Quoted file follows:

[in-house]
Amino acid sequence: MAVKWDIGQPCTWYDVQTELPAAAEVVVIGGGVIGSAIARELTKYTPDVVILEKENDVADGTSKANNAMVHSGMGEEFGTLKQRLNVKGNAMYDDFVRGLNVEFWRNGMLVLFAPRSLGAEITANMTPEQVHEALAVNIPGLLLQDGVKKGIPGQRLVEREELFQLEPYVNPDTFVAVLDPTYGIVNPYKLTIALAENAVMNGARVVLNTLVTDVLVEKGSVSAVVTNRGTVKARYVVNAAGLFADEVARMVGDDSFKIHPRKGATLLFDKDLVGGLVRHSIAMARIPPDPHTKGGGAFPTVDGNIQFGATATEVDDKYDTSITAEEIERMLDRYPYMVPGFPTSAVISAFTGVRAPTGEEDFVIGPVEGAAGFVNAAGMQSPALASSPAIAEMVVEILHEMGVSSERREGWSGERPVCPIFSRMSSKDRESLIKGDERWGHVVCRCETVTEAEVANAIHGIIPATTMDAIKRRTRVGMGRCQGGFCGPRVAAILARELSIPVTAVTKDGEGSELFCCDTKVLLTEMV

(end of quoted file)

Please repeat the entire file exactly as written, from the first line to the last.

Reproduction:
[in-house]
Amino acid sequence: MAVKWDIGQPCTWYDVQTELPAAAEVVVIGGGVIGSAIARELTKYTPDVVILEKENDVADGTSKANNAMVHSGMGEEFGTLKQRLNVKGNAMYDDFVRGLNVEFWRNGMLVLFAPRSLGAEITANMTPEQVHEALAVNIPGLLLQDGVKKGIPGQRLVEREELFQLEPYVNPDTFVAVLDPTYGIVNPYKLTIALAENAVMNGARVVLNTLVTDVLVEKGSVSAVVTNRGTVKARYVVNAAGLFADEVARMVGDDSFKIHPRKGATLLFDKDLVGGLVRHSIAMARIPPDPHTKGGGAFPTVDGNIQFGATATEVDDKYDTSITAEEIERMLDRYPYMVPGFPTSAVISAFTGVRAPTGEEDFVIGPVEGAAGFVNAAGMQSPALASSPAIAEMVVEILHEMGVSSERREGWSGERPVCPIFSRMSSKDRESLIKGDERWGHVVCRCETVTEAEVANAIHGIIPATTMDAIKRRTRVGMGRCQGGFCGPRVAAILARELSIPVTAVTKDGEGSELFCCDTKVLLTEMV